If that market is a sellers' market — if there are constantly more jobs on offer than there are unemployed Americans looking to get hired — then workers have the leverage. Employers basically have to hire all comers and pay them well regardless of their education level, because businesses are constantly desperate for the labor they need. If the people they hire don't have the desired skills or know-how, the employer will eat the cost and inconvenience of training them or allowing them to learn on the job.

Conversely, if the labor market is a buyers' market, then employers can be picky and use educational degrees as a convenient way to sort applicants — leaving Americans to claw over each other to get ever more credentials, so they'll stand out in the scrabble for an insufficient number of good-paying jobs. In fact, research actually shows employers' demands for education going up in the immediate aftermath of the Great Recession, then falling again as the economy recovers. It's also pretty clear that the U.S. jobs market has very much been a buyers' market for a long time, well before 2008. Indeed, most of the evidence for the dominance of the signaling story is also the evidence that employers hold all the cards — their power is why signaling matters as much as it does.

But this actually undermines supporters of the "human capital" story and the "signaling" story alike.

For the former, it means that, on an individual level, how much human capital a worker has simply can't be disentangled from how much bargaining power they have — both things are measured the same way, by how much an employer is willing to pay you. If "human capital" has any use as a concept, it's only on the national level, in how much know-how we all have together as a cooperative society.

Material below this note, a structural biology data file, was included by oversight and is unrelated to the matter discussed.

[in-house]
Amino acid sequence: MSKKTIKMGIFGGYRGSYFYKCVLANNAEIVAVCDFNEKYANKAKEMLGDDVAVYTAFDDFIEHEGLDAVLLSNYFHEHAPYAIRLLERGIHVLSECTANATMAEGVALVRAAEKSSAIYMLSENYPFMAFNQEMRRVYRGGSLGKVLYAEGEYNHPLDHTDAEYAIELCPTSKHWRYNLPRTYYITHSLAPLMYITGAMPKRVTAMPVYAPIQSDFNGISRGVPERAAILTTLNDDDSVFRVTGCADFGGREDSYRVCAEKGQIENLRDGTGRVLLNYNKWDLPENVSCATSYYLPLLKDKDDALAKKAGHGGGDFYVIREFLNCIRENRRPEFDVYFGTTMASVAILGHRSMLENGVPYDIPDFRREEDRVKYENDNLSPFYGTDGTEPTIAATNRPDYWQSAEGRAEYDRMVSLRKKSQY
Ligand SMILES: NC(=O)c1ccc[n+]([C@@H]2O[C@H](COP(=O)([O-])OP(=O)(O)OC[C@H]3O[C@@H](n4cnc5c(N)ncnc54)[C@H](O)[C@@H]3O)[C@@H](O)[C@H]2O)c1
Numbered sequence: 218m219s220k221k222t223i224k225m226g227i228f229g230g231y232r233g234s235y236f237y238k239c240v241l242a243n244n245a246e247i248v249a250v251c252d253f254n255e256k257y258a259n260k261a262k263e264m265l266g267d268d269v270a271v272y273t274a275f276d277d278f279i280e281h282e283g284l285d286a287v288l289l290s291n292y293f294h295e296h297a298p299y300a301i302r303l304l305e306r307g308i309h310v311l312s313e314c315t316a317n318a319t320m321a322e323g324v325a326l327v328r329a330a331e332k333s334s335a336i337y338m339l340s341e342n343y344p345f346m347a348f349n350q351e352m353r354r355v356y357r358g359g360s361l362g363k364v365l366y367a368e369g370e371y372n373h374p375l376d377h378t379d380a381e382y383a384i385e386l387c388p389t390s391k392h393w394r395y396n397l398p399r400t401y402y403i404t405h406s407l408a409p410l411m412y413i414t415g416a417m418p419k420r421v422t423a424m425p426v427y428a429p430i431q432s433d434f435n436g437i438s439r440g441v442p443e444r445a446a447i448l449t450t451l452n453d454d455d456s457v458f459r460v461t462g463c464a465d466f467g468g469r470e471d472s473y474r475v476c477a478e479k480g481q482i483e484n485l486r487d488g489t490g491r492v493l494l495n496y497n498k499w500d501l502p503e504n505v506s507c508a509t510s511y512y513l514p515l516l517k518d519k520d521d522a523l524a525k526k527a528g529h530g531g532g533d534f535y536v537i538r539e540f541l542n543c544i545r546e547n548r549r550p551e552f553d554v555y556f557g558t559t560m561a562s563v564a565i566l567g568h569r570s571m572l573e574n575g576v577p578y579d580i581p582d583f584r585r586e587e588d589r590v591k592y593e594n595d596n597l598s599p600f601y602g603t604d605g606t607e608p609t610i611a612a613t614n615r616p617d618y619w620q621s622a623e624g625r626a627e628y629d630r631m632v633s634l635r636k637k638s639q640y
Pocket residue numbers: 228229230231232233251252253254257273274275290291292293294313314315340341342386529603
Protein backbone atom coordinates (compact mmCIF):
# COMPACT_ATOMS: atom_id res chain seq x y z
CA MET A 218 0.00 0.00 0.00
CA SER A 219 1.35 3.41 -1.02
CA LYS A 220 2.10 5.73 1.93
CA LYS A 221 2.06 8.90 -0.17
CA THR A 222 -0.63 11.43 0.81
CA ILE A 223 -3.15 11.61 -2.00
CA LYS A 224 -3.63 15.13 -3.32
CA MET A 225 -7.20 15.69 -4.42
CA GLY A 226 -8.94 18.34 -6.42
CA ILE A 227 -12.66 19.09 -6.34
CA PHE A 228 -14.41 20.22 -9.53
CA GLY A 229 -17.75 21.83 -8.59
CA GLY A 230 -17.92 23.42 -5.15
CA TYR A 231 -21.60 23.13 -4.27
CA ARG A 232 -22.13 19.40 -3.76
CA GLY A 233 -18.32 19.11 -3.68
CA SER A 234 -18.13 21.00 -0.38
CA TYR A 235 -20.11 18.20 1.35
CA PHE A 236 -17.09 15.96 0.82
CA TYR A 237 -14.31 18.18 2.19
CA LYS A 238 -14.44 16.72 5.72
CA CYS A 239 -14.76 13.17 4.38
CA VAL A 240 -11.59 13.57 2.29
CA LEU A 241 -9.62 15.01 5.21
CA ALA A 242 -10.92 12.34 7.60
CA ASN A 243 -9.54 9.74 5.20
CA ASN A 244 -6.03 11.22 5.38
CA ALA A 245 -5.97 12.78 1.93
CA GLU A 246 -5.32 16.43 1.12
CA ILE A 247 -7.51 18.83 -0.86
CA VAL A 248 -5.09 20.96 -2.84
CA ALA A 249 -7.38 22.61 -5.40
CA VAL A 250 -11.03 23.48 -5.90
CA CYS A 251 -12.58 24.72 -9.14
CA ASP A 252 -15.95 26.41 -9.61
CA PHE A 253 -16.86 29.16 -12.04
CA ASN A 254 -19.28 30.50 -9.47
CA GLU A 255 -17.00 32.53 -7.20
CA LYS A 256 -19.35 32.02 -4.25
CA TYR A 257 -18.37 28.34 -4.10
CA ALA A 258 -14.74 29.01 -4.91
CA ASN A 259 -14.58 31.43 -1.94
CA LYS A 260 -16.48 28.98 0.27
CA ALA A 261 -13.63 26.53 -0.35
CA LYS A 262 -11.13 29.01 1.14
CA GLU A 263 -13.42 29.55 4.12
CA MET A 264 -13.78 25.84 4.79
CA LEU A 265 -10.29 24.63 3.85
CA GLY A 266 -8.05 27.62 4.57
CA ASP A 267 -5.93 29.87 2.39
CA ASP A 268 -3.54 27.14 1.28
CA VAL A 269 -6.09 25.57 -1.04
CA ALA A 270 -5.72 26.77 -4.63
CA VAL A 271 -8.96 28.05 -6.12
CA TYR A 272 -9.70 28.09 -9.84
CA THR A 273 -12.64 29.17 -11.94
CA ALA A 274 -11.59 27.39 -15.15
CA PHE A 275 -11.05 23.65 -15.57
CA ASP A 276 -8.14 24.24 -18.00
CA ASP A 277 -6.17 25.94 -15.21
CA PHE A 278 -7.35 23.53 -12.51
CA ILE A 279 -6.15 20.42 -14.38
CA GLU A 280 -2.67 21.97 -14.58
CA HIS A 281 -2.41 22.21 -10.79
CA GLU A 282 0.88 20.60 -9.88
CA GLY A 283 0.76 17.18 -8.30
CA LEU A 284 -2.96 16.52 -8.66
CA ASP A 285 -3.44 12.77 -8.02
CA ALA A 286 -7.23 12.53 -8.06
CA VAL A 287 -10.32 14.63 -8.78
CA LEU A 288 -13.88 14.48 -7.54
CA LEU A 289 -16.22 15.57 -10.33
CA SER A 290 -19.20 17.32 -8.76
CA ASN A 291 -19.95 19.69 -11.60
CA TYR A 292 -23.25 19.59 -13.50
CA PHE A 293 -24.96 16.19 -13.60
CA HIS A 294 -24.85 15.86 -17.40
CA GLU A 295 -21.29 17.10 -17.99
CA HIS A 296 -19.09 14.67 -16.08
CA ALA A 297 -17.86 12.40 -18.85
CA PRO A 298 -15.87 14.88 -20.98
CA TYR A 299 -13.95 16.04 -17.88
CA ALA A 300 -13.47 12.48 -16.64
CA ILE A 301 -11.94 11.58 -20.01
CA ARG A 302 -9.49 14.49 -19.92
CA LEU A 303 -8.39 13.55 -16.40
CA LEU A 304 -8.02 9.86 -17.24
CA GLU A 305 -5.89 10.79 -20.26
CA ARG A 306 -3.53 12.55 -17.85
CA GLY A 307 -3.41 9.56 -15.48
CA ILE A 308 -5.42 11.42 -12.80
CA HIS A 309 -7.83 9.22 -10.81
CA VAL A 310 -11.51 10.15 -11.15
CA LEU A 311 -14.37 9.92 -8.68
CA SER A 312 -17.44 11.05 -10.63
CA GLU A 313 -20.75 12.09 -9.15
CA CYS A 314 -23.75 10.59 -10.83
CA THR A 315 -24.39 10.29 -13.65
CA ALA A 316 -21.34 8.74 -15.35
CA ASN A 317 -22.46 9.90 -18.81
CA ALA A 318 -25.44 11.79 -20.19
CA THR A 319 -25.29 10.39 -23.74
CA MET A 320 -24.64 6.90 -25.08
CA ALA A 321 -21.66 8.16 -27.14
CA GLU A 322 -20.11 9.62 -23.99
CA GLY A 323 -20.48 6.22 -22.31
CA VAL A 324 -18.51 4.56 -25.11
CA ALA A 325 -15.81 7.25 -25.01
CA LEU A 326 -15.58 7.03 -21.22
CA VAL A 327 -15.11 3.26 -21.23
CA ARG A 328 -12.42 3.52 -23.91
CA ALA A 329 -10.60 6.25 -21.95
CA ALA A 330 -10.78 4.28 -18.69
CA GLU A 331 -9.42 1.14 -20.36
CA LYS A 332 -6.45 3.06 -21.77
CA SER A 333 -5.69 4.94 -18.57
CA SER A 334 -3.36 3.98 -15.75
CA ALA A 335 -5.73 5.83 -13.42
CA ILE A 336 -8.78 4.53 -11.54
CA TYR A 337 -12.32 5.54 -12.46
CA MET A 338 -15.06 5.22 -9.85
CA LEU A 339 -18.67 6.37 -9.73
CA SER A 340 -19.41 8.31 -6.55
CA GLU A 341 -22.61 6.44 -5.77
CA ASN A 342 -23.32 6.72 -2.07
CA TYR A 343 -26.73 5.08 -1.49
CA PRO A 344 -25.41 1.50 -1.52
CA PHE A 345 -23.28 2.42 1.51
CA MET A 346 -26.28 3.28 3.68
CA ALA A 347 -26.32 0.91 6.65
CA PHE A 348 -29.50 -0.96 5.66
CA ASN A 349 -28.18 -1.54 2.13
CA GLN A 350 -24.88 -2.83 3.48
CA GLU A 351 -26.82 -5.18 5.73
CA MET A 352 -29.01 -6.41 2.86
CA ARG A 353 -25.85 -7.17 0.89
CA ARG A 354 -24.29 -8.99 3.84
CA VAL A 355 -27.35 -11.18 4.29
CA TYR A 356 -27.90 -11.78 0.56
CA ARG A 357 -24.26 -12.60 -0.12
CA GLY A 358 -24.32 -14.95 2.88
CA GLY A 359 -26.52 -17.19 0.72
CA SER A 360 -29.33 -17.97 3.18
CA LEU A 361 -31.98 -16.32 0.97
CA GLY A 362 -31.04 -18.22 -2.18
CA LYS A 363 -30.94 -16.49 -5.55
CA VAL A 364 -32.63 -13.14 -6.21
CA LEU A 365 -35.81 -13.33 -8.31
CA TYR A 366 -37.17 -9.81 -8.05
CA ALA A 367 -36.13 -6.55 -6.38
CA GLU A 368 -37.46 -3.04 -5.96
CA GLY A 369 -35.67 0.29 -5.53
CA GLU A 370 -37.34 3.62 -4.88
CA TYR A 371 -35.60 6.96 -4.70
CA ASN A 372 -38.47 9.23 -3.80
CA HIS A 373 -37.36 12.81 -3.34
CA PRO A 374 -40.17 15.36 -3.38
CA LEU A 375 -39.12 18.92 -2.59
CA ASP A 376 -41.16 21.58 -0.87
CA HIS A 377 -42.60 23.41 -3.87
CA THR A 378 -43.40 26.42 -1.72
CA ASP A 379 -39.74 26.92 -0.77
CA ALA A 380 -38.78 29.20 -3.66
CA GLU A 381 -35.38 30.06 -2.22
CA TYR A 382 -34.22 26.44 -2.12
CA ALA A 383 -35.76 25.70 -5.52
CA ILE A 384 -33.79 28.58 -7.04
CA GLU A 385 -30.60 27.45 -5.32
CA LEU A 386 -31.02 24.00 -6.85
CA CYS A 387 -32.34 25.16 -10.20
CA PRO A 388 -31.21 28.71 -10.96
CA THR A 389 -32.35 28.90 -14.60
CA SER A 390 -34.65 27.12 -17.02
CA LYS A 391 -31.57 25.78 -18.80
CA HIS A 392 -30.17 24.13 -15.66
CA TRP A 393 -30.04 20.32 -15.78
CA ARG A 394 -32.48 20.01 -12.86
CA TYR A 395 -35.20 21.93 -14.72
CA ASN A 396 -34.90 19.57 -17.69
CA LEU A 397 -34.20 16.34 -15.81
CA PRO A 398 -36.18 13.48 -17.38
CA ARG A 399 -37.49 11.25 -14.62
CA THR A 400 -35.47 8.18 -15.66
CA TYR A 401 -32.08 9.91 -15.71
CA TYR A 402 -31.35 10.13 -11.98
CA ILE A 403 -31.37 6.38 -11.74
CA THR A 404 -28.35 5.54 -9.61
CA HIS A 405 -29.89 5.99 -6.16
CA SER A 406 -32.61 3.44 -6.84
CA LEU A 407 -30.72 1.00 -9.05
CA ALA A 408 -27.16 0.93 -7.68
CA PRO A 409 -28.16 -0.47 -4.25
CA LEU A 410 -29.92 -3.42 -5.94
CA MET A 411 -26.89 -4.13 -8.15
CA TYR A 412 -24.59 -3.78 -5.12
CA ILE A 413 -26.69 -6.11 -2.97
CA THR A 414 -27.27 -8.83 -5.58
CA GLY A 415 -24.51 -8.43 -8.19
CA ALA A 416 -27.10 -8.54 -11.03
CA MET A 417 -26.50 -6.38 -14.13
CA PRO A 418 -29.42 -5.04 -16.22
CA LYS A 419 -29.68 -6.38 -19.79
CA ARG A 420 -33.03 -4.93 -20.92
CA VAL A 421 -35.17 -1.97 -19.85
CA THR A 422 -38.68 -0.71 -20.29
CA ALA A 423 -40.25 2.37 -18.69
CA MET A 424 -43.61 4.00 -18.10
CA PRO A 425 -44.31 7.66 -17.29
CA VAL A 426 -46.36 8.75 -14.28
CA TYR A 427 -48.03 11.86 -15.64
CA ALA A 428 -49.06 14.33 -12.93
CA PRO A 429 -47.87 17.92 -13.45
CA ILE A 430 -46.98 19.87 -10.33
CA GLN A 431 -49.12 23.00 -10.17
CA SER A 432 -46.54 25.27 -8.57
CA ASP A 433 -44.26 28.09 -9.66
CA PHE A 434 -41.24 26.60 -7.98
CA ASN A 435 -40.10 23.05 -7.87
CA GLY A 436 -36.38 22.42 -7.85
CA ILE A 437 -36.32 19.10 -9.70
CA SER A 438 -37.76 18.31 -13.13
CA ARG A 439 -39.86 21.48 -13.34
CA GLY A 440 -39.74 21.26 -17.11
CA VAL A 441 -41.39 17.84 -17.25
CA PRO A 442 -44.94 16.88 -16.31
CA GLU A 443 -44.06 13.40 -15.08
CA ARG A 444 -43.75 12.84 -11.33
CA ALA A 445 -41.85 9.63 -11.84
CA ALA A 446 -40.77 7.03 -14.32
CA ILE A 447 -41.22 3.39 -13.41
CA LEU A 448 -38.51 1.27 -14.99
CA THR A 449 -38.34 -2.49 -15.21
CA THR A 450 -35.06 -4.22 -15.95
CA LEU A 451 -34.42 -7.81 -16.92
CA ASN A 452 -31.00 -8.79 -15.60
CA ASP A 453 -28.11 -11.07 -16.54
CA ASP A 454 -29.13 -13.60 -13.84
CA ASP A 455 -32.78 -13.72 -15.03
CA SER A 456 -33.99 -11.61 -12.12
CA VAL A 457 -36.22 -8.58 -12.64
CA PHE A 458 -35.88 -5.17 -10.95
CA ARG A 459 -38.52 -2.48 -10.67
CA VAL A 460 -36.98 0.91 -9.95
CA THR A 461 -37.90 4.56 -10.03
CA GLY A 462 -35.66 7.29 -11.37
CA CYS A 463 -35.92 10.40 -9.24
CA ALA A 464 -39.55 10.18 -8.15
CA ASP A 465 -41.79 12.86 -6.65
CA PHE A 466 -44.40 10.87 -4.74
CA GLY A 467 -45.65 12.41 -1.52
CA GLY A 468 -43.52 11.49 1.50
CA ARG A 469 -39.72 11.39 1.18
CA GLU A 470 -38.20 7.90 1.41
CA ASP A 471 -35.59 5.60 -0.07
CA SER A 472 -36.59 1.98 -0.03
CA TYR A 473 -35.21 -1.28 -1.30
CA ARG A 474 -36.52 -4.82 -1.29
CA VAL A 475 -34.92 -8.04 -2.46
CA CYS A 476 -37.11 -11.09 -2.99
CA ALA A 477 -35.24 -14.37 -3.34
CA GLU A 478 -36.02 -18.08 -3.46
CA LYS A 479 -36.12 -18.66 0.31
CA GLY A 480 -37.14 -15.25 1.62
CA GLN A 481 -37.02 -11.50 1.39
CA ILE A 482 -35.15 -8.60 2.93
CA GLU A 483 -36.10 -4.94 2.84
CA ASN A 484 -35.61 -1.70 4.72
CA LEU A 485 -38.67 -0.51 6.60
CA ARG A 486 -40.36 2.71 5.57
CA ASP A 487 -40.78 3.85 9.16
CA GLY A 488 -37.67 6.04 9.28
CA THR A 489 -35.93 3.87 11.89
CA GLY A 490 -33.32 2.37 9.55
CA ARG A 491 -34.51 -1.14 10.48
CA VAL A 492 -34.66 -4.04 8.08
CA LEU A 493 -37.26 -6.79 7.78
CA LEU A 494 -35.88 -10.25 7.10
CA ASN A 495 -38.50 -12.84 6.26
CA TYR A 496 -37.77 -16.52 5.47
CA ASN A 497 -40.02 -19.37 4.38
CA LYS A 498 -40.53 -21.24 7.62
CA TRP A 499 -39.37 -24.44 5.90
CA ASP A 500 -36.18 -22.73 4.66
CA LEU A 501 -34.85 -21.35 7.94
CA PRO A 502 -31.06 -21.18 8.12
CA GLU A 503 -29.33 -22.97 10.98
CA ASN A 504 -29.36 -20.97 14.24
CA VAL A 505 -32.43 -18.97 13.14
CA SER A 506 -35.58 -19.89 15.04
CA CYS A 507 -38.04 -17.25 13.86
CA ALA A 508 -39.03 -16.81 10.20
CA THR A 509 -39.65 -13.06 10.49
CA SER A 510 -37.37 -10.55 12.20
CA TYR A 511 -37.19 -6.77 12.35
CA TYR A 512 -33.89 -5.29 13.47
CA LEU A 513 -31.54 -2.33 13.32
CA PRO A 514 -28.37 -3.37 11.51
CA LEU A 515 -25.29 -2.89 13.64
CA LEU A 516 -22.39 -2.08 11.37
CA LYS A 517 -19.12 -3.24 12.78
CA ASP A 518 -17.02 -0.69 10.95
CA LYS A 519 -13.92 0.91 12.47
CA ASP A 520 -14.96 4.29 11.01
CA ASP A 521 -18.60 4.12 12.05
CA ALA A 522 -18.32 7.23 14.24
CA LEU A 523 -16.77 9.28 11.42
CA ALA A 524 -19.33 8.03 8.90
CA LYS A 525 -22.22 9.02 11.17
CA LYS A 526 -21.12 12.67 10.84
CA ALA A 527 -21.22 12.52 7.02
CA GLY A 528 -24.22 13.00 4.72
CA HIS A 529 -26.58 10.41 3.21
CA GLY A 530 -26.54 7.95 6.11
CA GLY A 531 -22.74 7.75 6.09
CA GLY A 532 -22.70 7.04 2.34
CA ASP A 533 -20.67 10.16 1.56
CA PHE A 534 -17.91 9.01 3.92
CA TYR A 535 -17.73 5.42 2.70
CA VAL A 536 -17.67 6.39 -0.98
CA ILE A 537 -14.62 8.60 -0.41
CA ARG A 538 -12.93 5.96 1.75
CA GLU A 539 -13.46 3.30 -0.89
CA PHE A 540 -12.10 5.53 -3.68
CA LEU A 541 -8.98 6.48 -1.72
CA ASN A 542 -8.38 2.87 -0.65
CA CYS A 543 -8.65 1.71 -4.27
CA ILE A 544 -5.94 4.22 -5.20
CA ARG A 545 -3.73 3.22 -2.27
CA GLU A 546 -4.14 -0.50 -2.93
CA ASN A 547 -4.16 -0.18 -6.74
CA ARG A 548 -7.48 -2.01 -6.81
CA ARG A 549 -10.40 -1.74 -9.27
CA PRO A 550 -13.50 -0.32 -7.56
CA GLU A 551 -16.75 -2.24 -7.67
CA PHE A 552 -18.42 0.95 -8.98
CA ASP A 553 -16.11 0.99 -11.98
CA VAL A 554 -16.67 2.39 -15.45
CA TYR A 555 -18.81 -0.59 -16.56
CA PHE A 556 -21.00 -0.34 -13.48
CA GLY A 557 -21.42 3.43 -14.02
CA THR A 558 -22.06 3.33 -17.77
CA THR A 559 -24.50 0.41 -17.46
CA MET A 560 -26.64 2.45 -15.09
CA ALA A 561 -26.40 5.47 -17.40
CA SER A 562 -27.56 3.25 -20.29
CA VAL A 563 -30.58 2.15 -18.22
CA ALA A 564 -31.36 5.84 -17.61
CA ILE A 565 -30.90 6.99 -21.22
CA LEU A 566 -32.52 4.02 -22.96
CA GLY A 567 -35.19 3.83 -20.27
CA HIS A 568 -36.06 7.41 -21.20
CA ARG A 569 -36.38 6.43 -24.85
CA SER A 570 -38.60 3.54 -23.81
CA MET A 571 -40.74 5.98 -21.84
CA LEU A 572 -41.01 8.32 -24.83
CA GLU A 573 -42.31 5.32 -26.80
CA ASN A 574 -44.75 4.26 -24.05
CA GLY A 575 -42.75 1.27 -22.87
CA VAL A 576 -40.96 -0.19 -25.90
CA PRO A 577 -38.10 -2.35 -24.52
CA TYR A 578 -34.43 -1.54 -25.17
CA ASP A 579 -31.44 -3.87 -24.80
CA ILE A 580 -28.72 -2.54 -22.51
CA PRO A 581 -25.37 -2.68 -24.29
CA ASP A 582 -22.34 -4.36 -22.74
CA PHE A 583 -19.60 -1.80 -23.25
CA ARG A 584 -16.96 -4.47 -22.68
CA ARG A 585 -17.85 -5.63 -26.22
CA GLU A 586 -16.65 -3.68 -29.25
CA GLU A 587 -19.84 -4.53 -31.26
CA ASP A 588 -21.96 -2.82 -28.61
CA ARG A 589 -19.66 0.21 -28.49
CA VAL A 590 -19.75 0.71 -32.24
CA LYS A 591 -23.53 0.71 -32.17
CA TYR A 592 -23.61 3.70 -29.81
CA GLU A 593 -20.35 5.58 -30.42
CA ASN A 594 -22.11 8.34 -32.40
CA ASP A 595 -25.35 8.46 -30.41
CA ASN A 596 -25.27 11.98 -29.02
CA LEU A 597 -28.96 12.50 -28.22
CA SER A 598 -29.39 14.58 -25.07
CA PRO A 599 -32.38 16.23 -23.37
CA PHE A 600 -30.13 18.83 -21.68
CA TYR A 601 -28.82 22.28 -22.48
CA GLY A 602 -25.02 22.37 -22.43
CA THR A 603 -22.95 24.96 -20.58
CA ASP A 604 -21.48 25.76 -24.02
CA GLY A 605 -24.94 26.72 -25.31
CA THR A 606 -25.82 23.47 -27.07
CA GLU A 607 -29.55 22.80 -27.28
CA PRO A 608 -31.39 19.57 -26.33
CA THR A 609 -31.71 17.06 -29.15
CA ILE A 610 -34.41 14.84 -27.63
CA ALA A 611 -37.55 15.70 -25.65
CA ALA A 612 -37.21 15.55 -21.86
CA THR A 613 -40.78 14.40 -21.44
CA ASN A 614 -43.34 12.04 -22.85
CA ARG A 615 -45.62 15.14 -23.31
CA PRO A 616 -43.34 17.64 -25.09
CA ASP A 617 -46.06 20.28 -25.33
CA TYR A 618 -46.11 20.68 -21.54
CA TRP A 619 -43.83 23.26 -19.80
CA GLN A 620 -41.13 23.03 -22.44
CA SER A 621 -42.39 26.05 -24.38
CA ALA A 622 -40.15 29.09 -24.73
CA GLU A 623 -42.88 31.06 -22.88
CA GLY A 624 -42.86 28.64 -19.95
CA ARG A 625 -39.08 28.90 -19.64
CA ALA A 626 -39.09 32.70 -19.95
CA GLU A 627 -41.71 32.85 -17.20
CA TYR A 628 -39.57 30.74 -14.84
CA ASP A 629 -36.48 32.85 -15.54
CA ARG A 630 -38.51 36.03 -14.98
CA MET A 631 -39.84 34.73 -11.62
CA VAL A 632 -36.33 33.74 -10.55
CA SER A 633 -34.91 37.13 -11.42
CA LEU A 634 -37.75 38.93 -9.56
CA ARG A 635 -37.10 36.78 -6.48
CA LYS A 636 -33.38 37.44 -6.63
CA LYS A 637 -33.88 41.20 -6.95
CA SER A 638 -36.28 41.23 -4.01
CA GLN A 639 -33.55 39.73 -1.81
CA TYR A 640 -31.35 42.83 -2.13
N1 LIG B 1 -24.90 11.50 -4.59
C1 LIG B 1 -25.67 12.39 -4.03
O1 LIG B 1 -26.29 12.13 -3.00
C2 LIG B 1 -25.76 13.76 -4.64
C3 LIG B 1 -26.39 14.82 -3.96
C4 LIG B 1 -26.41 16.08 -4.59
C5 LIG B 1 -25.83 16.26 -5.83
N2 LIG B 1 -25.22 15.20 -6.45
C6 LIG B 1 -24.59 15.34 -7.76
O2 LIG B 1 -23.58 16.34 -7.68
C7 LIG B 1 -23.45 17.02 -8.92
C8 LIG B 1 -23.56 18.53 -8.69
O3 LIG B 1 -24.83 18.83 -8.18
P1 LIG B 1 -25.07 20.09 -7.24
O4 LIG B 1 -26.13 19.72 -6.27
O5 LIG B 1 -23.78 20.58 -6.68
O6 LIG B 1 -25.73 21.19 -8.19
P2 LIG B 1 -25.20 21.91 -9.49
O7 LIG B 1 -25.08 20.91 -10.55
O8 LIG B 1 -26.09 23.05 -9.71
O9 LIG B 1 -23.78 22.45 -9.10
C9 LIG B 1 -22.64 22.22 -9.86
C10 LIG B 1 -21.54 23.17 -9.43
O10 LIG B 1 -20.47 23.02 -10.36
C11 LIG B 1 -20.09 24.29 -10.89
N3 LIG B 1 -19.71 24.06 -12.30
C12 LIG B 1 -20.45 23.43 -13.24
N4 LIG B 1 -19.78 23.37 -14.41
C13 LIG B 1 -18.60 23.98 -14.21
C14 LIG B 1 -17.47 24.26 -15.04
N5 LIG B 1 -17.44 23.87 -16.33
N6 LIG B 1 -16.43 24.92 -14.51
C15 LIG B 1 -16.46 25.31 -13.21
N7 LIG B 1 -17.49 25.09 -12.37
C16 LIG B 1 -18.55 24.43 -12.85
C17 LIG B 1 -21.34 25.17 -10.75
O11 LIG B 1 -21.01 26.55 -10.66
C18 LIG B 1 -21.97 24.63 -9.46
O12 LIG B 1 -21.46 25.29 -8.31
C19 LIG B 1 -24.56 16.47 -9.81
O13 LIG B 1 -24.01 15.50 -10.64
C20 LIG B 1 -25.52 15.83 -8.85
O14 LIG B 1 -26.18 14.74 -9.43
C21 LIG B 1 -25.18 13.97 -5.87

For the signaling story, it means that neither making higher education free, as several progressive Democratic presidential candidates have proposed, nor removing existing government aid for higher education, as conservatives would prefer, will likely end the arms race. What ultimately drives the arms race is the imbalance of power between employers and workers — and that remains unchanged. (And withdrawing aid entirely will likely just make the arms race even more financially punishing for American households.)

Ironically, the ultimate fix for the education crisis may not lie in education policy at all, but in macroeconomic and labor market policy: reforming fiscal and monetary policy to prioritize full employment and rebuilding unions; shortening the work week, strengthening over-time laws, providing more paid leave, and expanding the social safety net, so that more Americans can comfortably stay out of the labor force, and thus shrink the supply of workers relative to the demand for them. All that will return power to workers and make the labor market a sellers' market again. That will force employers to de-prioritize credentials in their hiring, and start taking all comers.

That does still leave the question though: Should we make college a free, universally available public good, the same way K-12 already is? Sure! But not because it increases anyone's "human capital" or "prepares them for the modern workforce."

We should do it because education is a good thing that can make one's life richer. It is an end in itself.